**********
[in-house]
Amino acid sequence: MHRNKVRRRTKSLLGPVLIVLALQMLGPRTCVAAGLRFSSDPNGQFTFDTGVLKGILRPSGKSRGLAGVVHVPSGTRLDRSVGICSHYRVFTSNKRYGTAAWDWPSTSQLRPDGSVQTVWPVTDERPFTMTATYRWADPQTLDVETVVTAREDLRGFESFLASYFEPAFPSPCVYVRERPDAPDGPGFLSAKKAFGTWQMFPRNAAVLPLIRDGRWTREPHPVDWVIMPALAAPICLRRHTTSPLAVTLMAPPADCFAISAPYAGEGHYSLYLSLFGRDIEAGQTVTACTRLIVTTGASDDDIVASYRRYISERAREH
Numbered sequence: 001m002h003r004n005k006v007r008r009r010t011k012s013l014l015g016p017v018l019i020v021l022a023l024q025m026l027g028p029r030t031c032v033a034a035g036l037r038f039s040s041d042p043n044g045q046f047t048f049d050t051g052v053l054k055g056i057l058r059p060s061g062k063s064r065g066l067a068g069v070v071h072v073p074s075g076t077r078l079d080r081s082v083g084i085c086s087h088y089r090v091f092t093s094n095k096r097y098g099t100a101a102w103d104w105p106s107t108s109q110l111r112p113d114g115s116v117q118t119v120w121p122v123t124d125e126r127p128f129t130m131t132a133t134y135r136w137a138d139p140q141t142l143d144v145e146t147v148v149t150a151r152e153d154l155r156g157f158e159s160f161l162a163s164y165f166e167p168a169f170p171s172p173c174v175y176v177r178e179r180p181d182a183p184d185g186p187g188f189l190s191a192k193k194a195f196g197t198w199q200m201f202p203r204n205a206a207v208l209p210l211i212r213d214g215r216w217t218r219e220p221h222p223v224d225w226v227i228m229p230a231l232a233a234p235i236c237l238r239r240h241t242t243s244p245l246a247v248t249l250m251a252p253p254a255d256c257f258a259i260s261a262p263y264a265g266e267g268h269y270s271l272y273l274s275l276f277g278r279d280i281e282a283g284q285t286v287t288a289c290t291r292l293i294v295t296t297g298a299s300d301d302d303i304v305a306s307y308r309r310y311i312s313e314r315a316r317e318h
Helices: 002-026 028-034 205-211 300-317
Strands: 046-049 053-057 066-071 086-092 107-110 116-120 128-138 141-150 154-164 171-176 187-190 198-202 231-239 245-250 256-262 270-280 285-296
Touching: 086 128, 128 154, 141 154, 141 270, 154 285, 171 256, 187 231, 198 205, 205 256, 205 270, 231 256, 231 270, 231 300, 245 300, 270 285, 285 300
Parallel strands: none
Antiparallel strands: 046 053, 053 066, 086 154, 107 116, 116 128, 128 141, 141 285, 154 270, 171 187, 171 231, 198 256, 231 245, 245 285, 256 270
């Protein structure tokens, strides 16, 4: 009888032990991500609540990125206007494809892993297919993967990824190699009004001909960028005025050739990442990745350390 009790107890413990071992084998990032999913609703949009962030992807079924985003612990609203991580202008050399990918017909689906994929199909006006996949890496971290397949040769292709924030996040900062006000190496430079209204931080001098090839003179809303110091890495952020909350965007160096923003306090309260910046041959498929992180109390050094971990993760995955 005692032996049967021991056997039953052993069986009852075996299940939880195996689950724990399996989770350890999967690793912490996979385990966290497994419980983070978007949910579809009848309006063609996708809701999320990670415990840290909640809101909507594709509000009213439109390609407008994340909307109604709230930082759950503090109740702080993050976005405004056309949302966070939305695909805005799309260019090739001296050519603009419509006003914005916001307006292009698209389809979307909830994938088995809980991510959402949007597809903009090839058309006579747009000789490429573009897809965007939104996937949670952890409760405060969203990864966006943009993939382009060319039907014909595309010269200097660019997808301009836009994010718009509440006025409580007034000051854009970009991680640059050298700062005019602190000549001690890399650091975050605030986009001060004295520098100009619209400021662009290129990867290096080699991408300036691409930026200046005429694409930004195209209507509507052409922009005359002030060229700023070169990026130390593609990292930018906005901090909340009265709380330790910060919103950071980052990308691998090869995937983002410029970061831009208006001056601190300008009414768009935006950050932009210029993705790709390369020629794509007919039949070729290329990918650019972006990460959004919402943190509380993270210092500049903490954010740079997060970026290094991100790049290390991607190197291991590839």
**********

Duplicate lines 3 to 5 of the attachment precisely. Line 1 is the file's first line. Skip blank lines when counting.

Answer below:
Numbered sequence: 001m002h003r004n005k006v007r008r009r010t011k012s013l014l015g016p017v018l019i020v021l022a023l024q025m026l027g028p029r030t031c032v033a034a035g036l037r038f039s040s041d042p043n044g045q046f047t048f049d050t051g052v053l054k055g056i057l058r059p060s061g062k063s064r065g066l067a068g069v070v071h072v073p074s075g076t077r078l079d080r081s082v083g084i085c086s087h088y089r090v091f092t093s094n095k096r097y098g099t100a101a102w103d104w105p106s107t108s109q110l111r112p113d114g115s116v117q118t119v120w121p122v123t124d125e126r127p128f129t130m131t132a133t134y135r136w137a138d139p140q141t142l143d144v145e146t147v148v149t150a151r152e153d154l155r156g157f158e159s160f161l162a163s164y165f166e167p168a169f170p171s172p173c174v175y176v177r178e179r180p181d182a183p184d185g186p187g188f189l190s191a192k193k194a195f196g197t198w199q200m201f202p203r204n205a206a207v208l209p210l211i212r213d214g215r216w217t218r219e220p221h222p223v224d225w226v227i228m229p230a231l232a233a234p235i236c237l238r239r240h241t242t243s244p245l246a247v248t249l250m251a252p253p254a255d256c257f258a259i260s261a262p263y264a265g266e267g268h269y270s271l272y273l274s275l276f277g278r279d280i281e282a283g284q285t286v287t288a289c290t291r292l293i294v295t296t297g298a299s300d301d302d303i304v305a306s307y308r309r310y311i312s313e314r315a316r317e318h
Helices: 002-026 028-034 205-211 300-317
Strands: 046-049 053-057 066-071 086-092 107-110 116-120 128-138 141-150 154-164 171-176 187-190 198-202 231-239 245-250 256-262 270-280 285-296